On the growing list of things that could possibly give you a heart attack, you can now add antacids. According to a new study published in PLOS ONE, researchers at Houston Methodist and Stanford University found that certain types of antacids using proton pump inhibitors increase your likelihood of suffering a heart attack, regardless of whether you’ve had preexisting heart conditions.

For the study, researchers analyzed 16 million clinical documents representing 2.9 million patients. There results showed that patients who were prescribed common antacids with proton pump inhibitors were 16 to 21 percent more likely to experience a heart attack. Interestingly enough, patients who were prescribed antacids with H2 blocker, the second most common component in many frequently used antacids, had no increased likelihood of heart attack. The research was conducted following a 2013 Circulation report that showed, on a molecular level, how PPIs could potentially lead to long-term cardiovascular disease.

“Our earlier work identified that the PPIs can adversely affect the endothelium, the Teflon-like lining of the blood vessels,” said Dr. John Cookie, senior author of the study, in a recent press release. “That observation led us to hypothesize that anyone taking PPIs may be at greater risk for heart attack. Accordingly, in two large populations of patients, we asked what happened to people that were on PPIs versus other medications for the stomach.”

In their most recent study, researchers were able to solidify the connection, finding proof that PPIs do contribute to heart attacks. Researchers used two different databases to gather their information, including the STRIDE (Stanford Translational Research Integrated Database Environment) which possesses information on 1.8 million patients of Stanford hospitals and clinics, along with electronic medical records from Practice Fusion Inc., featuring information on 1.1 million patients.

Focusing on patients given PPIs or H2 blockers, researchers looked to see if participants had any recorded experiences of heart attacks while on either of these drugs. This is where researchers drew their 16 to 21 percent statistic, which is given as a range because of the uncertainty in the estimation process. They also found PPI using patients’ risk of having a heart attack went up 1.16-1.21 fold. Once again, those on H2 blockers were found to be unaffected.

“By looking at the data from people who were given PPI drugs primarily for acid reflux and had no prior history of heart disease, our data-mining pipeline signals an association with a higher rate of heart attacks,” said Dr. Nigma H. Shah of Stanford. “Our results demonstrate that PPIs appear to be associated with elevated risk of heart attack in the general population while H2 blockers show no such association.”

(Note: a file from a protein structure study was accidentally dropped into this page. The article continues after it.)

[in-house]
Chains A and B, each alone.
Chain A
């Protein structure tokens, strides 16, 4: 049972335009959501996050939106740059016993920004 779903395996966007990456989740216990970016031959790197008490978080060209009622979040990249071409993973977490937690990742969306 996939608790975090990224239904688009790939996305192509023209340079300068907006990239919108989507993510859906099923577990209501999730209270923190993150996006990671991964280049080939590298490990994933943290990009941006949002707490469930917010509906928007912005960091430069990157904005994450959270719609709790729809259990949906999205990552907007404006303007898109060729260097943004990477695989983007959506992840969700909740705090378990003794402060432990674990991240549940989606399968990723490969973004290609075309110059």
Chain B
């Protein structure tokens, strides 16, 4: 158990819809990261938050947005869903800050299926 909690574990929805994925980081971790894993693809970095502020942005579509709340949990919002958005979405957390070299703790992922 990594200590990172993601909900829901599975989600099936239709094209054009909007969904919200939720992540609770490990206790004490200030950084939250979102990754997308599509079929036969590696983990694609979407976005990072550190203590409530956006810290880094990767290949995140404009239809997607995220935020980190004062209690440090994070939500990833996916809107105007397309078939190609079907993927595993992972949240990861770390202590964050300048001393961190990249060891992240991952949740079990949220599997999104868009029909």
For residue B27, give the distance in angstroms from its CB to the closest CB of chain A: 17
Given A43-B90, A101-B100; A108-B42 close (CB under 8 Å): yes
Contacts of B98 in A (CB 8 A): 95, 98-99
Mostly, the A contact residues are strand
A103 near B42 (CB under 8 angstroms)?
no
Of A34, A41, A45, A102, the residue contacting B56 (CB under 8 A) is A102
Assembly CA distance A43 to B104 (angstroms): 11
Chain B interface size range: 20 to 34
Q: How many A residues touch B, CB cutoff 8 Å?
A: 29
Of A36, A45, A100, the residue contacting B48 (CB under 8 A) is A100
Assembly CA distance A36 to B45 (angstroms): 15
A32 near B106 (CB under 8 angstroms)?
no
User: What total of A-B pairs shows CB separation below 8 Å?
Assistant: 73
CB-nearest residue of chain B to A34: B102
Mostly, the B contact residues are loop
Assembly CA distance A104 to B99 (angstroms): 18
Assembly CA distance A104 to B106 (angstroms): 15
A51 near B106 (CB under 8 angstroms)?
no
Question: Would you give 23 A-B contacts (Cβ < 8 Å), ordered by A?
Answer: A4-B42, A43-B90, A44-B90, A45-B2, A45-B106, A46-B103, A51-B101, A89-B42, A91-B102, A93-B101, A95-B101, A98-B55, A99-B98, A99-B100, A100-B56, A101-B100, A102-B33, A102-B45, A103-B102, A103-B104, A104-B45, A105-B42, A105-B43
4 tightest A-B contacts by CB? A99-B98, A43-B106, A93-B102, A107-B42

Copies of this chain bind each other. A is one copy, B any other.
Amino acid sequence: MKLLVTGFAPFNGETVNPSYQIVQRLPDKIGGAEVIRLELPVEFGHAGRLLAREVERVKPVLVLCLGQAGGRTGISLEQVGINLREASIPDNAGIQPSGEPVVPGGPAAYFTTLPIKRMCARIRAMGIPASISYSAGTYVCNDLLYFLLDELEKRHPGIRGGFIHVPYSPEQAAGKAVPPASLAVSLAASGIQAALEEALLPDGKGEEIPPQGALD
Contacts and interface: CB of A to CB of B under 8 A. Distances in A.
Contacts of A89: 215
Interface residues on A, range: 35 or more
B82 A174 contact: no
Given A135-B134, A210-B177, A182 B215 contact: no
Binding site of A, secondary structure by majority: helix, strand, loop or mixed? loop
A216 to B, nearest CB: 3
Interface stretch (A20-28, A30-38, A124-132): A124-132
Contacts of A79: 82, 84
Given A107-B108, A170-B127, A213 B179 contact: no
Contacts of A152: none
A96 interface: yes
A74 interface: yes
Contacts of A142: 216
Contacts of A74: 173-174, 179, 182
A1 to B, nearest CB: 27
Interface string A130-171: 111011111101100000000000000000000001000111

The results of this study are alarming, considering the frequency with which the drug is used; according the FDA, 1 in 14 Americans have taken proton pump inhibitors. The FDA also states that in 2009, PPIs represented a $13 billion a year global sales market, as well as the third-most taken drug in the United States. PPIs are most often prescribed for digestive system issues, including gastro-esophageal reflux disease (GERD), infections that often cause ulcers, Zollinger-Ellison syndrome and Barrett’s esophagus. Drugs containing PPIs are available over-the-counter, and are distinguished by a listed chemical ending in the suffix “-prazole”, usually omeprazole or lansoprazole. The most common antacids with PPIs on the market are Nexium, Prilosec, and PrevAcid.  

Antacids containing H2 blockers, which have no established effect, usually consist of chemicals like cimetidine and ranitidine. Examples include Zantac and Tagamet.

In more recent years, the safety of PPIs has been under investigation. It was previously thought that PPIs were only risky for a very specific, few patients who had coronary artery disease and were prescribed the anti-platelet drug clopidogrel. “Investigators originally assumed this was due to a drug-drug interaction between these compounds, and the FDA went so far as to release a warning about their concomitant use,” said Dr. Nicholas Leeper, Stanford vascular medicine specialist.

However, the 2013 Circulation report suggested the risk was more widespread, potentially threatening the general population. “This led us to use powerful ‘big-data’ approaches to try to determine whether PPIs might in fact be associated with risk in ‘all comers’,” said Leeper. “Our report raises concerns that these drugs -- which are available over the counter and are among the most commonly prescribed drugs in the world -- may not be as safe as we previously assumed.”

Researchers are hoping they will soon be able to conduct a larger, randomized trial where they can test if PPIs are harmful to an even wider demographic of patients.

Source: Shah N, Leeper N, Iyer S, et al. Proton Pump Inhibitor Usage and the Risk of Myocardial Infarction in the General Population. PLOS ONE. 2015.